"Courage is not the absence of fear but rather the judgment that something is more important than fear. The brave may not live forever but the cautious do not live at all." ~2001 The Princess Diaries

              Comment


              • #8
                you are correct.
                i ended up buying a 4 year old this year, because it was hard to find a nice horse doing 3' that had 3'6 potential for 100K. 150k is the number in hunter land.
                i decided i don't have the stomach for those bucks and went with a green bean that is fancy but VERY GREEN. Neon green is a new term that i just learned.

                As they say you can have two of three: Made, Sound, Cheap. The issue is that Cheap in H/J world is completely relative when you compare that to the rest of the world/normal non horse terms.

                Comment


                • #9
                  Originally posted by phippsie62 View Post

                  Anyhow, here's the dilemma: I'd like a jumper that's "going," meaning that he's coursing at least 1.20 with scope for more, at least 1.30. Horses like that run upwards of 85K and, as it turns out, often come with problems, including maintenance issues resulting from their careers. Plus, if you peruse their USEF records, they're often not exactly burning up the world. As my very first trainer muttered years ago when I was a junior: "If they were any good they'd be keeping 'em."

                  The alternative is to buy a green youngster, maybe 5 or 6, with a great brain and intimations of a great jump, and then bring him along. But these days, good greenies are going for 50K, with no guarantees that they'll be able to handle a course of big jumps.

                  There are many 1.30 horses out there for sale in all price ranges. As far as ‘keeping them if they were any good’, I disagree. Those horses just haven’t proven themselves to have the capacity to do the really big stuff, hence they are for sale. Owners circumstances change and maybe someone needs out of a horse for whatever reason. Plus, trainers (if they are in the business or buying and then reselling them) figure the horses have now proven themselves and are schooled enough to find a nice amateur home.

                  Pick your budget and then stick with it. There is no shame in inquiring about a horse and saying that the max you are willing to spend is $X. It’s up to the seller/trainer to say whether you should come look anyway. I know many a person who has come away with a ‘good deal’ on a jumper that was initially priced out of their range. Or many times sellers have come back to them a little later, wondering if they are still looking. So as far as spending 6 figures for a going 1.25 Horse with scope to perhaps do 1.35, people may ask that much, but do all those horses sell...probably not.

                  Hunters sell like hotcakes and not until you get to the top level jumpers, is there a significant market for them. Don’t be swayed by what the asking price is. As long as your budget is reasonable, you should be able to find a nice horse without lots of holes. And based on what you have written above, it seems like to have an idea of the market and where a reasonable budget number should be set.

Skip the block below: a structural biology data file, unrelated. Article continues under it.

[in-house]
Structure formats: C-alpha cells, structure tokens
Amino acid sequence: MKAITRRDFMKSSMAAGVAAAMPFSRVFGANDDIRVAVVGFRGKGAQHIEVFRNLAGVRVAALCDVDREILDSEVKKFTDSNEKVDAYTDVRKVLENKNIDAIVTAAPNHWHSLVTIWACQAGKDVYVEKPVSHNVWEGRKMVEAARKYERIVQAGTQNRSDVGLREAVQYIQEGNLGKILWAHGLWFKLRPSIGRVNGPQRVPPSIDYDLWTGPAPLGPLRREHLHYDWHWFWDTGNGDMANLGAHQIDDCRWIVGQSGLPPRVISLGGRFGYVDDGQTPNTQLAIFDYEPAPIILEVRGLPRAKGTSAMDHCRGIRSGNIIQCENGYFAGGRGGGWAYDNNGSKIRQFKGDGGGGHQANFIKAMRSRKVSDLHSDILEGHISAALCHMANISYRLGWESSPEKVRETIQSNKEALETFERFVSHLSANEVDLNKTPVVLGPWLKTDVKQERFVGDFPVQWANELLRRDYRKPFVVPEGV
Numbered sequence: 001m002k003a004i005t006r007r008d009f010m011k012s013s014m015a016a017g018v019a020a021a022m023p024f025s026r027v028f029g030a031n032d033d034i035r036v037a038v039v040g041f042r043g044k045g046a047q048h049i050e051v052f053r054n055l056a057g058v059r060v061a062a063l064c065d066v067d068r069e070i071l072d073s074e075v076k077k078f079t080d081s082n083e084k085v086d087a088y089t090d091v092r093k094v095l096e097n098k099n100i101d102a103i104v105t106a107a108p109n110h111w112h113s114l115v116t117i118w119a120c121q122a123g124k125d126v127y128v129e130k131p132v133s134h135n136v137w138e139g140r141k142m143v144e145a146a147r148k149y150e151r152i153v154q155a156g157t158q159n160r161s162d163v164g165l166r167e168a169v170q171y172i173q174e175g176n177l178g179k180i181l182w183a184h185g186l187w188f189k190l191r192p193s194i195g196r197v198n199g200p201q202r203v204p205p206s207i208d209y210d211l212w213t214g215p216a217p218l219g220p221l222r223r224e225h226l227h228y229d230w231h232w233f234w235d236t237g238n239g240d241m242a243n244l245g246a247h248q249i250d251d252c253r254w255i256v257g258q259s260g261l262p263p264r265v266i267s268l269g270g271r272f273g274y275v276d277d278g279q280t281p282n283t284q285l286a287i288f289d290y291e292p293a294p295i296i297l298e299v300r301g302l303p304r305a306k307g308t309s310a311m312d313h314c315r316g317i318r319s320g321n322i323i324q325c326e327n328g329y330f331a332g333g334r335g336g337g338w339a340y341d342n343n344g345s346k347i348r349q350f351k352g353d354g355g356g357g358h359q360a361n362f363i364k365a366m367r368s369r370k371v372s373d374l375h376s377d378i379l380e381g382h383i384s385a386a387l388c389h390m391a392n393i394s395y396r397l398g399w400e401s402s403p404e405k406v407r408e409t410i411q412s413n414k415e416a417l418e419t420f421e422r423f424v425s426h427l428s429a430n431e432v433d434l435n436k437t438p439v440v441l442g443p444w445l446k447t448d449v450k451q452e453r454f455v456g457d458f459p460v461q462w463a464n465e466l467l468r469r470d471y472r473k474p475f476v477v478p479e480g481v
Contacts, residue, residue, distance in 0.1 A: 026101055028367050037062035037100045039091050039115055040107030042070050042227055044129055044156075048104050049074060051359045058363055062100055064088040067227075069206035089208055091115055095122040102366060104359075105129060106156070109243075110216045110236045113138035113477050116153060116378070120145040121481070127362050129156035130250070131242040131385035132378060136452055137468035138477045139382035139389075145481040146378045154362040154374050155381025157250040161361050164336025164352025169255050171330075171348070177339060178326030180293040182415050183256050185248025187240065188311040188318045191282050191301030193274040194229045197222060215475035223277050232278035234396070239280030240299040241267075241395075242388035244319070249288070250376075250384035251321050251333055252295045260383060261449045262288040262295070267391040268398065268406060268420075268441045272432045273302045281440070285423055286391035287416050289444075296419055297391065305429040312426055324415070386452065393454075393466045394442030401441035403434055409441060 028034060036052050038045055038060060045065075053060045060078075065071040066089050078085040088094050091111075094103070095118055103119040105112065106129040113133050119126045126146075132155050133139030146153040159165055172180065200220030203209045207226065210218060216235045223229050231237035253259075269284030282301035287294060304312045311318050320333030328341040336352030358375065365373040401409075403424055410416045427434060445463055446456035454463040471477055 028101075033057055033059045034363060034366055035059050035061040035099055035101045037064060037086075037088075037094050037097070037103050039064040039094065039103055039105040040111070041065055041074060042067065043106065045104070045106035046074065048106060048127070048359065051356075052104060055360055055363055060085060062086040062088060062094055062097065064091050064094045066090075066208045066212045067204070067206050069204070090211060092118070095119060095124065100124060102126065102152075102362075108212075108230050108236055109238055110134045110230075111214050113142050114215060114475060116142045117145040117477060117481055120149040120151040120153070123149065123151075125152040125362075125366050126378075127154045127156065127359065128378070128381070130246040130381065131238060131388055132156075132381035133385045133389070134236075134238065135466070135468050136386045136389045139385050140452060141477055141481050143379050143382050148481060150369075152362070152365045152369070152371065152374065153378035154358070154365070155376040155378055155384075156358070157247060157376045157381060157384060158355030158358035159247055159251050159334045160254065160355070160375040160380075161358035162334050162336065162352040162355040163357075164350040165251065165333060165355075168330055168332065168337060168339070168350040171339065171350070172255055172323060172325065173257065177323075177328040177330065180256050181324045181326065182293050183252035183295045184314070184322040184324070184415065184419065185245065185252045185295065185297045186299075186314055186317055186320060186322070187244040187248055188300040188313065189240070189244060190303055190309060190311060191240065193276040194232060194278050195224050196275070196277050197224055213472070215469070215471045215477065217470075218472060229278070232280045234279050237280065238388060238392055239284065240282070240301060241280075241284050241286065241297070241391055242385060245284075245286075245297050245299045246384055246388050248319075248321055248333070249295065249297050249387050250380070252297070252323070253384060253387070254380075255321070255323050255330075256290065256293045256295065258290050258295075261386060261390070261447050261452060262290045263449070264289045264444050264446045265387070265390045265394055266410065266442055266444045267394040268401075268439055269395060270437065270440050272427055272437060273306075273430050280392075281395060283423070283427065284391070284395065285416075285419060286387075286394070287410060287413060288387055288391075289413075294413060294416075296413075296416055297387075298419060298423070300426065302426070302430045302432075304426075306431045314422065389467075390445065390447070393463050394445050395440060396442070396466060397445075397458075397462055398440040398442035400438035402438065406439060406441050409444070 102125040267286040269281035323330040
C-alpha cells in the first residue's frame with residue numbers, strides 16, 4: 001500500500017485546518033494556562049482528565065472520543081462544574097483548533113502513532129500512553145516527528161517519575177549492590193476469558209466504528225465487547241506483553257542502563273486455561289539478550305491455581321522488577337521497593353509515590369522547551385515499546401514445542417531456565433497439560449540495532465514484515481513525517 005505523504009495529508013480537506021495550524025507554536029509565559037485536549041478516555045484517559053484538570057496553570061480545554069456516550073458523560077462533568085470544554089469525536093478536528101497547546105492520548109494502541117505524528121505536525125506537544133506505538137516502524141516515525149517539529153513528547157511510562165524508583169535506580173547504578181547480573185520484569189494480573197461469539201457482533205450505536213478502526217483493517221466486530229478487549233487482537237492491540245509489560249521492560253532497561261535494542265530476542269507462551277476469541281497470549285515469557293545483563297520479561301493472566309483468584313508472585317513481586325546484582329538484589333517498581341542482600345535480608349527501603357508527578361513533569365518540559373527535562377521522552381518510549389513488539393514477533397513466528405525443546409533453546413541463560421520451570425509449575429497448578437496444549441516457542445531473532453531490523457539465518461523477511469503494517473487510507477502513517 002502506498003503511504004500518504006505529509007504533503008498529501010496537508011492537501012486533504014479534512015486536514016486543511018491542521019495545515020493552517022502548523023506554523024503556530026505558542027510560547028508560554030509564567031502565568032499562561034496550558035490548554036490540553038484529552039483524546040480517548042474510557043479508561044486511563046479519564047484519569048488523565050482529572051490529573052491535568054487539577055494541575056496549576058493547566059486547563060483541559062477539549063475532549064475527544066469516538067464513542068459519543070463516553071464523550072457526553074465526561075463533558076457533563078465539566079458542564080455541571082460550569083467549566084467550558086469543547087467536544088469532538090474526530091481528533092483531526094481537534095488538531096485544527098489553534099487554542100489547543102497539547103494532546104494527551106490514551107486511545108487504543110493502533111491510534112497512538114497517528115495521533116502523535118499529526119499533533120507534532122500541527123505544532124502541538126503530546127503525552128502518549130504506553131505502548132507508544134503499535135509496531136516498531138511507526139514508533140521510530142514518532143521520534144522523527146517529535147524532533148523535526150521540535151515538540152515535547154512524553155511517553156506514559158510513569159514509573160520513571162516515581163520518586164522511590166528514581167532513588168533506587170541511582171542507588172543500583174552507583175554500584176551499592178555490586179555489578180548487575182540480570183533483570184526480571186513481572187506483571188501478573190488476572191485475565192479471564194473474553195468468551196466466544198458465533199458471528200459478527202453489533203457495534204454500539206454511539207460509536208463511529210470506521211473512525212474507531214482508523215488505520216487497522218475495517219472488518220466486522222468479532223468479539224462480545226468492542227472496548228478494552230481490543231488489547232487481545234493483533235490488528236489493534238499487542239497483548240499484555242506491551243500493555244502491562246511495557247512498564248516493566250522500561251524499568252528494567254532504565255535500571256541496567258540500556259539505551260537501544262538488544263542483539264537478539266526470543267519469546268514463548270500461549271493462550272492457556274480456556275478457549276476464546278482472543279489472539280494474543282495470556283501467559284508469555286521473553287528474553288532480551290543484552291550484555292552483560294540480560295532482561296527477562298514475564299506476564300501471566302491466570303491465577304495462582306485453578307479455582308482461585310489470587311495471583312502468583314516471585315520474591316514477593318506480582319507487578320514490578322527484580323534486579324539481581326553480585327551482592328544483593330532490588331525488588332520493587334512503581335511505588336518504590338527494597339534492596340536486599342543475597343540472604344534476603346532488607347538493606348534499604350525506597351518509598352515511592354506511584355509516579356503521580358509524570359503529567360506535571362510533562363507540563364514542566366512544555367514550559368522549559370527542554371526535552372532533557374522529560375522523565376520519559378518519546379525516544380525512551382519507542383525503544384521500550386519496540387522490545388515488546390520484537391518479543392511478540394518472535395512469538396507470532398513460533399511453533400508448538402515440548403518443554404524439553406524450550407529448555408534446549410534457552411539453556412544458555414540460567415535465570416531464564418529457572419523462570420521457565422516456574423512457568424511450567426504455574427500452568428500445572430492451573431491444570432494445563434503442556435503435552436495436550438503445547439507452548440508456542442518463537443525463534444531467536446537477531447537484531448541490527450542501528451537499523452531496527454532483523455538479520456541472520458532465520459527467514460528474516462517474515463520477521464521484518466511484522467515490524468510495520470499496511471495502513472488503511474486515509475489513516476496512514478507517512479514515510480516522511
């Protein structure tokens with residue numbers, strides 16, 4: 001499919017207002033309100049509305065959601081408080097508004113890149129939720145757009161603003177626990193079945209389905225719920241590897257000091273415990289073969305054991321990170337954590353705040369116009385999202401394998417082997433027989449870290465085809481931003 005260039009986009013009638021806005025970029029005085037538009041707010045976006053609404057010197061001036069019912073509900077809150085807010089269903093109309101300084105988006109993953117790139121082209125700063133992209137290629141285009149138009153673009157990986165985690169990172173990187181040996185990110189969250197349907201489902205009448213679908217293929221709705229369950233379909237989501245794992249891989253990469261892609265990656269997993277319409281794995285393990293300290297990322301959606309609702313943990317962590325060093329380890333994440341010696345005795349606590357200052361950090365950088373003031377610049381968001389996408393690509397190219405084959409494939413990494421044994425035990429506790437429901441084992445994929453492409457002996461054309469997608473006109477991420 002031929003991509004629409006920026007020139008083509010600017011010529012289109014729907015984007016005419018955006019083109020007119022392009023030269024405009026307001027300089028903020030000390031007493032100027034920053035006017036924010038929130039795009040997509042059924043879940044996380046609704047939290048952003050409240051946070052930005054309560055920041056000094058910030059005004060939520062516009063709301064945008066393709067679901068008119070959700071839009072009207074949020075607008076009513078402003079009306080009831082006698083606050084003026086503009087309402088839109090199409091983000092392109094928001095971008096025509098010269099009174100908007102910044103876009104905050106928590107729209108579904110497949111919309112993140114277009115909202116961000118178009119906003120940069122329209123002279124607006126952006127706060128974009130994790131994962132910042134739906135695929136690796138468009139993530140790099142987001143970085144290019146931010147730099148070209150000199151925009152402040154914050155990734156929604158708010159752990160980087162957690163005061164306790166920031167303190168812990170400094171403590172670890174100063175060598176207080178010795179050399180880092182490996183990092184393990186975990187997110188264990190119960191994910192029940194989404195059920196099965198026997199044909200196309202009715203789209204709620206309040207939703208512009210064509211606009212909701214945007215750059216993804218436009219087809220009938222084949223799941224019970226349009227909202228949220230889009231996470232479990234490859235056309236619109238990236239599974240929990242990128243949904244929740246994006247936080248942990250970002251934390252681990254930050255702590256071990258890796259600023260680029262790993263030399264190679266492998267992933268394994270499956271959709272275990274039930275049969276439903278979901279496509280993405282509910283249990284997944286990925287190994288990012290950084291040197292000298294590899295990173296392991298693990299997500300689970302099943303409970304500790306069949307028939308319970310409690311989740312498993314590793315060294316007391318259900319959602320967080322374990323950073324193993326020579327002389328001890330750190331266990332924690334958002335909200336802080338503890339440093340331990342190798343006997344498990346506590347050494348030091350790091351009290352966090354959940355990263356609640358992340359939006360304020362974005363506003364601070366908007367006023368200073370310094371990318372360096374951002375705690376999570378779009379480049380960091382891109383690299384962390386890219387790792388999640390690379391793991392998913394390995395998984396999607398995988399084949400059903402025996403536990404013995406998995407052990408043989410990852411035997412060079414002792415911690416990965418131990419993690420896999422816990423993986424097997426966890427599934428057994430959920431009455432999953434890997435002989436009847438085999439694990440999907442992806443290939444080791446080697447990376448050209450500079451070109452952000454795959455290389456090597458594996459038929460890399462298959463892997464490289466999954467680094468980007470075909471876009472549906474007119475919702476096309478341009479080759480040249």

Also if you shop at Tiffanys-expect Tiffany’s type pricing. High end barns are used to high end budgets. Focus on some smaller but sucessful barns. Shopping in Europe sounds enticing, but as someone who has been burned by a European sales horse...I now only look at what’s here in the States and going with a show record I can verify on USEF.

                  Best of luck in whatever you decide. Your horse is out there! ;-)
                  Last edited by Elouise; Jun. 12, 2019, 02:21 PM. Reason: typo

                  Comment


                  • #10
                    With some patience and 'flair' you can look out for 2 other types: 1) horse has to be sold quickly due to private reasons, pregnancy whatever. Scan the seller if this is credible. 2) People don't know that they own a high quality horse. E.g. trainer had a broken car, asked a farmer for help. Farmer had a horse (and cattle). Horse became a grand prix dressage horse.

                    Comment


                    • #11
                      Just saying..... it even comes with tack.

                      https://classifieds.horseandhound.co...wjumper-509763

                      $16,500 USD

                      +

                      $2000 Vetting

                      +

                      $8300 Shipping and Quarantine

                      Still is a lot cheaper than some.

                      Em
                      "Courage is not the absence of fear but rather the judgment that something is more important than fear. The brave may not live forever but the cautious do not live at all." ~2001 The Princess Diaries

                      Comment


                      • #12
                        How many showjumpers are bred in the US?